Well before Evel Knievel or Hollywood stuntmen, reality television or the X Games, North America had a long tradition of stunt performance, of men (and some women) who sought media attention and popular fame with public feats of daring. Many of these feats - jumping off bridges, climbing steeples and buildings, swimming incredible distances, or doing tricks with wild animals - had their basis in the manual trades or in older entertainments like the circus. In "The Thrill Makers", Jacob Smith shows how turn-of-the-century bridge jumpers, human flies, lion tamers, and stunt pilots first drew crowds to their spectacular displays of death-defying action before becoming a crucial, yet often invisible, component of Hollywood film stardom. Smith explains how these working-class stunt performers helped shape definitions of American manhood, and pioneered a form of modern media celebrity that now occupies an increasingly prominent place in our contemporary popular culture.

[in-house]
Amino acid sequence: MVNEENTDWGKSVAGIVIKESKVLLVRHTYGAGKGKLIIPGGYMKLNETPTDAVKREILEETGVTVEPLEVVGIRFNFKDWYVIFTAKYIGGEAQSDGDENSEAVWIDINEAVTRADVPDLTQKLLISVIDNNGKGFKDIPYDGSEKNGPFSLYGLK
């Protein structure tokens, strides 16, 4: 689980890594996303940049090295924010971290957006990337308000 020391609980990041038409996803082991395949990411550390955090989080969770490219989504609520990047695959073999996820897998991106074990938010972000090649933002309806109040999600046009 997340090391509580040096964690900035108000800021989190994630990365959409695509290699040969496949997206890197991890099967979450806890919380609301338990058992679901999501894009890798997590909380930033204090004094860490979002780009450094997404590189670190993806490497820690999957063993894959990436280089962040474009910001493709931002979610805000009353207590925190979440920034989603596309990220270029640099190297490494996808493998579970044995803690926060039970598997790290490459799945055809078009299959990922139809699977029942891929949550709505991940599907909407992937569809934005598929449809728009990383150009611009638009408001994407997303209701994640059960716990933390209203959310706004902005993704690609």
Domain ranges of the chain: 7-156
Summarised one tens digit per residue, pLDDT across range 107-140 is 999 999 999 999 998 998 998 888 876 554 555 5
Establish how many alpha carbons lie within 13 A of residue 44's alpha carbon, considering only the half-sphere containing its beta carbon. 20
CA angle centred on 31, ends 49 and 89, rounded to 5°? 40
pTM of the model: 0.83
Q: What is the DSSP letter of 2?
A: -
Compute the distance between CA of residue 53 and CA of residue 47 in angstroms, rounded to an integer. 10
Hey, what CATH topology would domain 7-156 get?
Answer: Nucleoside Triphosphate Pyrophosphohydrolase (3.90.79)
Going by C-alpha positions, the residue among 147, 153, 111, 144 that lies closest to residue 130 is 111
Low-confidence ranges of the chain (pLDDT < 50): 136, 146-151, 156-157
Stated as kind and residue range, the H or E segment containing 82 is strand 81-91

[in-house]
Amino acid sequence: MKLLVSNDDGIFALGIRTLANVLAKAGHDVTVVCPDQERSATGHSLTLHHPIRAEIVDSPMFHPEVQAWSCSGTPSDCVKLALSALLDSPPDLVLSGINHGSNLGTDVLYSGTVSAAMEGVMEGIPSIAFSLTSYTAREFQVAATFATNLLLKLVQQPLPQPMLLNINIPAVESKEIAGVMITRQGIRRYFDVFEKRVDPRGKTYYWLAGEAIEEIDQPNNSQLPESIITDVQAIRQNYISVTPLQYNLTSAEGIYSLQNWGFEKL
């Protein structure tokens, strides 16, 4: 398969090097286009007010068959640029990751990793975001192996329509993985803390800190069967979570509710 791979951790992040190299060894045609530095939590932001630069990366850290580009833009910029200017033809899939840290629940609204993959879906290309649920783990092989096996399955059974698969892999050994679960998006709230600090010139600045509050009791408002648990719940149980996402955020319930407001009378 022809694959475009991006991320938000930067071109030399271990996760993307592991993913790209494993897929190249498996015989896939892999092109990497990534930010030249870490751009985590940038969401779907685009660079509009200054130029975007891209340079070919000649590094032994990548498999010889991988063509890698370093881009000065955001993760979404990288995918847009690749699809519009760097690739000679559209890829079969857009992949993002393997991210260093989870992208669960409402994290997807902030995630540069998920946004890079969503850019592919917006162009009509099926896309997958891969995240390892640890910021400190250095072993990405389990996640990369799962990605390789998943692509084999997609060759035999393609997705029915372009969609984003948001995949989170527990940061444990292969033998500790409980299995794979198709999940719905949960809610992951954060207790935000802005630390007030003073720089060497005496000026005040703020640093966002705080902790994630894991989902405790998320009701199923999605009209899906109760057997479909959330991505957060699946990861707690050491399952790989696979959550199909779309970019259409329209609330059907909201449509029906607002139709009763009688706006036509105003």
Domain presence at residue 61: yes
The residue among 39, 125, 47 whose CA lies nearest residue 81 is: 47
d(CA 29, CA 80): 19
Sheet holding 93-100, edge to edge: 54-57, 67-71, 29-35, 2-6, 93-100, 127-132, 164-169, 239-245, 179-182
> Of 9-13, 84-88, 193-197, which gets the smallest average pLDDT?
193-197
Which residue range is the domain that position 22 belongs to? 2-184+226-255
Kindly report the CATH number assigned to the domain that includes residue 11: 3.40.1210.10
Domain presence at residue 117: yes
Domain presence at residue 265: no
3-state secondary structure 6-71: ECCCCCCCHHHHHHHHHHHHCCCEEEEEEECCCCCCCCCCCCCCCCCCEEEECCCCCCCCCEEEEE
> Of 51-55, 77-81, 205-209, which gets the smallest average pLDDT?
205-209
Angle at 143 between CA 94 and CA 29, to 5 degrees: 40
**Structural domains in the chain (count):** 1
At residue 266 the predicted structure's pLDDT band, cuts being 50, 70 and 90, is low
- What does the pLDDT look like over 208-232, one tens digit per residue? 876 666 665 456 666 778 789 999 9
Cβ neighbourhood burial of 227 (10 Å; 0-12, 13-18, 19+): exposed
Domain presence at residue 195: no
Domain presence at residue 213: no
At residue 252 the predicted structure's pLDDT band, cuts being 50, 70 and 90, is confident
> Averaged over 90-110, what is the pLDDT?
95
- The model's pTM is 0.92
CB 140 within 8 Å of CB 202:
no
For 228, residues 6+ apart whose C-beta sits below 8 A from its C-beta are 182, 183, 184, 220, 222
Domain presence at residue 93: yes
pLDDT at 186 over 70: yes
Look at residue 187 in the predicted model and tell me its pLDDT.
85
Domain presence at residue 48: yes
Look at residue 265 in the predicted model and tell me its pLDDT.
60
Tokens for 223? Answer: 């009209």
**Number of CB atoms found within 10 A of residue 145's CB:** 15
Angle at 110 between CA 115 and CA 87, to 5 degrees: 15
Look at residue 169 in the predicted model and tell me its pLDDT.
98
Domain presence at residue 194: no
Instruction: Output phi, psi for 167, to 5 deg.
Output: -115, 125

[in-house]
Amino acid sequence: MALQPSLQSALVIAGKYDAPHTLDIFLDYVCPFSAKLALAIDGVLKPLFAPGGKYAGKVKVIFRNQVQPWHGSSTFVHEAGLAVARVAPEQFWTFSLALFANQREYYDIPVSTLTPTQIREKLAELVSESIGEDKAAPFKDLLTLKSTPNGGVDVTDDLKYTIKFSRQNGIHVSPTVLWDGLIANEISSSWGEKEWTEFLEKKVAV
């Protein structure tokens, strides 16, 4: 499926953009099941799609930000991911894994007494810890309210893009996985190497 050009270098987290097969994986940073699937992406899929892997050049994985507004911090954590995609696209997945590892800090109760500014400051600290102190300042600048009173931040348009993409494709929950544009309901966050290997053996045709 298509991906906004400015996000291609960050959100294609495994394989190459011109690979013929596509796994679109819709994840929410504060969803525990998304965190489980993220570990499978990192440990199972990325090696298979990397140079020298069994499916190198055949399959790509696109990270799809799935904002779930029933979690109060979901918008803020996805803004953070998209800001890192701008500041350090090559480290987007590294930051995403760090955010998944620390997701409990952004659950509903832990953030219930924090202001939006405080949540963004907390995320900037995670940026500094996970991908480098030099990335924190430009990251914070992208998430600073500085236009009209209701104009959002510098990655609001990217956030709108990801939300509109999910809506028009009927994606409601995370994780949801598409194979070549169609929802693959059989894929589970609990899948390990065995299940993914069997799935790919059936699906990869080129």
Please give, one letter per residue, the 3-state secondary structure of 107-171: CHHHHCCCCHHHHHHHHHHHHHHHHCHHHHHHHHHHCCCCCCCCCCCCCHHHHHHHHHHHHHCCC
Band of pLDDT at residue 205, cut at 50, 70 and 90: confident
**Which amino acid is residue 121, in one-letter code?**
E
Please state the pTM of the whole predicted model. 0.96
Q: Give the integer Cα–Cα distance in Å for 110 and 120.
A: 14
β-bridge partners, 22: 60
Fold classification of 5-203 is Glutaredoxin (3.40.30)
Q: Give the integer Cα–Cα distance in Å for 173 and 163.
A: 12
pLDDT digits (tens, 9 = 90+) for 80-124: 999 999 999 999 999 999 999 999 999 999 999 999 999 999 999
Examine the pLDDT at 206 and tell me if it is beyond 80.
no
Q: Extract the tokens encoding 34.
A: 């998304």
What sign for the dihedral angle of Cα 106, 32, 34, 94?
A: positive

List of Illustrations Acknowledgments Introduction 1. The Adventures of the Bridge Jumper 2. The Adventures of the Human Fly 3. The Adventures of the Lion Tamer 4. The Adventures of the Aeronaut Conclusion Notes Further Reading Index